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Window of the Month
Our Lady of Grace, Dearborn Heights, Michigan

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Building Name: St. John's Episcopal Church

Studio Name: Willet Hauser Architectural Glass

City: Royal Oak

Window Shape: 2 (rectangle)

Date of Window: 1942

Subject/Title of Window: St. Nathanael aka St. Bartholomew

Brief Description of Subject: This window was designed for this parish's Gothic Church which opened in 1926. Subsequently the Church needed a larger Church and replaced this Church with a modern Church and moved the stained glass to the new Church. This window is now located on the second level of the façade, which features the Apostles.

This window is the St. Nathanael window and is bordered with geometric patterns as well as pictures of animals, boats, angels and buildings.

The top level depicts an angel holding a shield with three flaying knives --- attribute stems from legend that he was skinned alive.

Nathanael is depicted holding a book in his left hand --- symbolizing he preached the Word of God, notably the Gospel of Matthew. In his left hand appears to be a sword --- the "Golden Legend" had accounts where he first was flayed and then beheaded. Above his head is a scene with the inscription "We have found him." This comes from John 1:45. Jesus had found Philip and called him to be a follower. Philip then went to Nathanael "and said to him, 'We have found him of whom Moses in the law and also prophets wrote, Jesus of Nazareth, the son of Joseph.' " (RSV)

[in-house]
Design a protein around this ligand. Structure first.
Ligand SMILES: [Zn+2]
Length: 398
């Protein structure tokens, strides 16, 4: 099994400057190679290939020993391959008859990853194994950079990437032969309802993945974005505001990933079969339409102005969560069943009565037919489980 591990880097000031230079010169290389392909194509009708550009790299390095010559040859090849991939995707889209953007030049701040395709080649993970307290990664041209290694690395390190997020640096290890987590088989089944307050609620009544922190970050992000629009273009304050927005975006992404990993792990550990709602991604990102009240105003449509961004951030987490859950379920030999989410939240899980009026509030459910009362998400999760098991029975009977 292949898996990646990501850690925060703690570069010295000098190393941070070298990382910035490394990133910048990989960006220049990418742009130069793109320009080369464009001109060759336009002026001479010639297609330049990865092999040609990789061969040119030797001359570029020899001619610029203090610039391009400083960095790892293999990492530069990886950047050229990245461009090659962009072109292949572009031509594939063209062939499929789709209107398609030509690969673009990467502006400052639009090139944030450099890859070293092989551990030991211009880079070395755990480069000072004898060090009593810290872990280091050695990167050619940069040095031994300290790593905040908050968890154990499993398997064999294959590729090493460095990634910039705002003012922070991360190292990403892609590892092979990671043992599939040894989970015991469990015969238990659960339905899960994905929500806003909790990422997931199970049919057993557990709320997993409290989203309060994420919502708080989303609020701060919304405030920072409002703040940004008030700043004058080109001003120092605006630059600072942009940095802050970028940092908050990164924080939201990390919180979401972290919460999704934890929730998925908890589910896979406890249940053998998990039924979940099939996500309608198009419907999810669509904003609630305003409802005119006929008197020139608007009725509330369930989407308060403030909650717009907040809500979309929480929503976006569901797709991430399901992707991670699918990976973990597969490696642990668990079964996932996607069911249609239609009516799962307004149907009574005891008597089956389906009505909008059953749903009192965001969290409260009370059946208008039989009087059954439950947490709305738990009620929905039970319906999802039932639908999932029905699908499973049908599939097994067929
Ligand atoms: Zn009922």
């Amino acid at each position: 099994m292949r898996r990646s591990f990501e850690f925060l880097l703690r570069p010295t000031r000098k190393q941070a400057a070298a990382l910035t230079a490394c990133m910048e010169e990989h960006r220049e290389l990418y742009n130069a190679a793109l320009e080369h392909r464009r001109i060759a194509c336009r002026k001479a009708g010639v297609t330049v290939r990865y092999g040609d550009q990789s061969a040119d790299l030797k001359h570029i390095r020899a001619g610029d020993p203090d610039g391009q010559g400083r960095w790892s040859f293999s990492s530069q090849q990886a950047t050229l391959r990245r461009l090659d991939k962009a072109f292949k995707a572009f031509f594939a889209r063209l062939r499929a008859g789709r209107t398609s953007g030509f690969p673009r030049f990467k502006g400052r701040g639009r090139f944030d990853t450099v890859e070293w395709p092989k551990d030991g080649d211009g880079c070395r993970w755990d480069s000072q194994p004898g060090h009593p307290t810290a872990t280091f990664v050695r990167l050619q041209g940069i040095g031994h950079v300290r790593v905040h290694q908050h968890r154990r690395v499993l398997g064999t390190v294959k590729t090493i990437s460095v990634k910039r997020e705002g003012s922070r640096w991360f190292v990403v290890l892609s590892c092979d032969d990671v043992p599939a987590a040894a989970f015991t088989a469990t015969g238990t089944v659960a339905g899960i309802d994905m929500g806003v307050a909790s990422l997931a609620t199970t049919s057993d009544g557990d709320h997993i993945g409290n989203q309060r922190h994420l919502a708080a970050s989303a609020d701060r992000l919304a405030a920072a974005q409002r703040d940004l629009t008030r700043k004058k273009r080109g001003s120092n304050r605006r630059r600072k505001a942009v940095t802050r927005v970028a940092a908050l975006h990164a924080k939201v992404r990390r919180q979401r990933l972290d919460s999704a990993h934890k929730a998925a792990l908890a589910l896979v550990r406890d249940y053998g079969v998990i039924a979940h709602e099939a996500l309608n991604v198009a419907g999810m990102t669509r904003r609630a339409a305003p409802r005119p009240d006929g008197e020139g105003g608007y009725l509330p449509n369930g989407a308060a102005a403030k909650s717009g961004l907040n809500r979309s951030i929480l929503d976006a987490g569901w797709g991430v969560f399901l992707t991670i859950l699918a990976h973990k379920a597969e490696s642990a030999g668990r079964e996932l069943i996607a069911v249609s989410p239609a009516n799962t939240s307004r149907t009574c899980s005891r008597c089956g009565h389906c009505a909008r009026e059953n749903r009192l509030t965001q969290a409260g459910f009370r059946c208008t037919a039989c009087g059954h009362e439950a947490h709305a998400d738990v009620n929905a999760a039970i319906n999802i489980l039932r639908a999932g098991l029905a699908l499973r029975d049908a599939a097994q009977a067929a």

The inscriptions at the bottom of the window are not visible. Below the figure would be "St. Nathanael." Below this, would have indicated the window was given in memory of George Barker. Church records indicates this was a gift of his wife, Mrs. George Baker, and children: Eva, Walter, Harvey, Eric, Jean, and Donald. The window was dedicated October 18, 1942.

Inscriptions: Philip
We have found him

Condition of Window: Good

Type of Glass and Technique: Lead Came

St. Nathanael
St. Nathanael
St. Nathanael top
St. Nathanael top
St. Nathanael bottom
St. Nathanael bottom

The MSGC is a constantly evolving database. Not all the data that has been collected by volunteers has been sorted and entered. Not every building has been completely documented.

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